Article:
This last option is the most commonly used, and it will cause Leopard to alert you any time an application wants to accept nonrequested incoming data. If you allow incoming data for an application, it gets added to the list of allowed applications. Applications such as iChat require incoming connections to function properly.

You can use the list in System Preferences to selectively remove applications from the allowed list or even just as a quick way of verifying which applications are on the list. You can also change an allow rule into a block rule, which will prevent an application from receiving incoming data or asking you to allow access.

Two other options -- enable logging and enable stealth mode -- are available via the Advanced button. Logging, as you might guess, logs all traffic that is received by your Mac and how that traffic is filtered. Stealth mode will cause your Mac to ignore ping requests from other computers and prevent outside users from easily detecting your Mac on a network. This increases security but can also limit the effectiveness of remote troubleshooting of network problems.

Leopard's new dynamic firewall interface is really a simple way to establish basic firewall rules. Connections are still evaluated based on the network port numbers used by each request, but the firewall has been made much simpler for everyday users to enable and configure. For power users, the full ipfw suite, which lets you develop much more complex firewall rules, is still included as part of Leopard and can be accessed via the Terminal. And as with any computer, you can use port-scanning tools to verify the effectiveness of your firewall configuration in shielding your Mac.

One reason to understand and use the firewall is the common use of public Wi-Fi networks. Such networks are often unprotected, meaning that any data you exchange over the network can easily be snooped on. However, it also means that any malicious user connected to the same network has the capacity to port-scan your Mac and attempt to determine vulnerabilities. Working with the firewall and enabling stealth mode are two good ways to protect your Mac in these situations.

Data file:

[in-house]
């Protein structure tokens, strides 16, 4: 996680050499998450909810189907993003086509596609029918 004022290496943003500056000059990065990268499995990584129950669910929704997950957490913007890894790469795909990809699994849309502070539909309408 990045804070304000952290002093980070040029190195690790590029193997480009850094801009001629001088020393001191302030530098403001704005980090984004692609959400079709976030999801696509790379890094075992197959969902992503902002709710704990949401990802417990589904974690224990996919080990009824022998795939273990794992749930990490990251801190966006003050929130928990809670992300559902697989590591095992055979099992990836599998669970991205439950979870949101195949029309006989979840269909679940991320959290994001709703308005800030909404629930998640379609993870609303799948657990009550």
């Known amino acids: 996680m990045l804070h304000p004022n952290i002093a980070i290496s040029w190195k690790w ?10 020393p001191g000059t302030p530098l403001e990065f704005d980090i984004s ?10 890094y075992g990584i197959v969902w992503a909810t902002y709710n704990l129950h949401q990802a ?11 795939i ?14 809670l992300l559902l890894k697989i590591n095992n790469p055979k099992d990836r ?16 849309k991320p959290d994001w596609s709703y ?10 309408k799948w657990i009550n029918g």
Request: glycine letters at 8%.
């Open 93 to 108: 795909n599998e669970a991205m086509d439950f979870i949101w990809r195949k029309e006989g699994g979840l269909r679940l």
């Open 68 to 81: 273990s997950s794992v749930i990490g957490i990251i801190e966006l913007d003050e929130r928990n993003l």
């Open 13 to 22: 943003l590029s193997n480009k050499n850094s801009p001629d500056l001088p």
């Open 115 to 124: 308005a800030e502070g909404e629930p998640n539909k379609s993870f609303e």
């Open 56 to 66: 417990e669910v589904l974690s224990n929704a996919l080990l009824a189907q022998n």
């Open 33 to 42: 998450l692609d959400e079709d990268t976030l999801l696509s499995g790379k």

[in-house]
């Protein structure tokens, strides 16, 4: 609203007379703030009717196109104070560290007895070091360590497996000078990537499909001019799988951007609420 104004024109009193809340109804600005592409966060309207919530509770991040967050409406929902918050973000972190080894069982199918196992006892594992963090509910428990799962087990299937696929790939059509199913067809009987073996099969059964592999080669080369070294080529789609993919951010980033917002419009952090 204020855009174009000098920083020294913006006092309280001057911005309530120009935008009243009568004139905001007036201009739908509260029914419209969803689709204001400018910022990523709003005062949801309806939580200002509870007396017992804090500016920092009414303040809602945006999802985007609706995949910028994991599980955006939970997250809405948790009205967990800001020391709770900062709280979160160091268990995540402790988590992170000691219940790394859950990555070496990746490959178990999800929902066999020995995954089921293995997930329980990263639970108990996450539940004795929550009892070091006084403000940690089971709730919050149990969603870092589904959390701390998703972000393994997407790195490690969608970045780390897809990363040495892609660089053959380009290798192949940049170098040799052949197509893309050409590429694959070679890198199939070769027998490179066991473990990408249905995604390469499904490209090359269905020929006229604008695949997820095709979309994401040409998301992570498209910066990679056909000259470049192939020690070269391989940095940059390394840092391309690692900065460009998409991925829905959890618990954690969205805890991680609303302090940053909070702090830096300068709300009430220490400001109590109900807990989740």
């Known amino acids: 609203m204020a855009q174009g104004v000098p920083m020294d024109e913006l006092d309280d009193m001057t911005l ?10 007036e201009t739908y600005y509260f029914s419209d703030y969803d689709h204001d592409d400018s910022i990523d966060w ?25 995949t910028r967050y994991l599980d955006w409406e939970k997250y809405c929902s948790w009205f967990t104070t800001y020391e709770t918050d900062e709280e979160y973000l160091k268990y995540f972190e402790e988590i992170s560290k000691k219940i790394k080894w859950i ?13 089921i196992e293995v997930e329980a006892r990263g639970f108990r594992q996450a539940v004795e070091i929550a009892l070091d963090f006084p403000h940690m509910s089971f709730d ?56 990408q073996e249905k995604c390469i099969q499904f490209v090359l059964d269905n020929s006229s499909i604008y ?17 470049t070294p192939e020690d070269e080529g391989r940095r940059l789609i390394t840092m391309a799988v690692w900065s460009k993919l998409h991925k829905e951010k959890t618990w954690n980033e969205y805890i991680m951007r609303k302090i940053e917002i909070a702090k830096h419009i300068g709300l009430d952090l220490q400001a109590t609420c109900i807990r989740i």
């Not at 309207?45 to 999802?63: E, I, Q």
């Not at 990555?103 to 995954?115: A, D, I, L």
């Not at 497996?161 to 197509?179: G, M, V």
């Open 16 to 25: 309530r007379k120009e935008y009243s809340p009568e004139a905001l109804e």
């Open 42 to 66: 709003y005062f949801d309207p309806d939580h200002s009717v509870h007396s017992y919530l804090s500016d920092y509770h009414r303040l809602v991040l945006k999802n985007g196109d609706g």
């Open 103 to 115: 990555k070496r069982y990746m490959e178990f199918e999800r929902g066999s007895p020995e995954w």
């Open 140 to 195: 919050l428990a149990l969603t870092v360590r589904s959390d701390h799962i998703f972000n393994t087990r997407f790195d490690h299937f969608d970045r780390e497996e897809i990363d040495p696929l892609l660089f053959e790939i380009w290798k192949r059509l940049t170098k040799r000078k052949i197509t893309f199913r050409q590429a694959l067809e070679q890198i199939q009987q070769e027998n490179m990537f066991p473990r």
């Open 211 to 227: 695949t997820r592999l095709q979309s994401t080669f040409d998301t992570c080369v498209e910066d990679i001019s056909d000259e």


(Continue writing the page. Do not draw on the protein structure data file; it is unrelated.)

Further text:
Delete files and erase disks securely

While you may think that you're permanently deleting files when you empty the Trash or erase a disk using Disk Utility, the truth is that you aren't. You're really just marking the disk sectors where files were stored as available to store new data. Until the disk space occupied by the "deleted" files is overwritten at least once, many hard drive recovery and forensic tools can recover deleted files.

Fortunately, Macs offer a couple of ways to ensure that deleted data stays deleted. First up and simplest is the Secure Empty Trash command, located just under the normal Empty Trash command in the Finder's File menu. This performs a simple overwrite of the disk sectors containing any files being trashed. In some instances, serious forensic investigators could reconstruct files that have been overwritten with a single pass, but for most users, this option offers ample security by preventing easy recovery of deleted items.

If you really want to ensure that items can't be recovered, Disk Utility's secure-erase features allow you to erase an entire disk or the free space of a disk, which includes both disk space that was never used and space where files had existed before being deleted.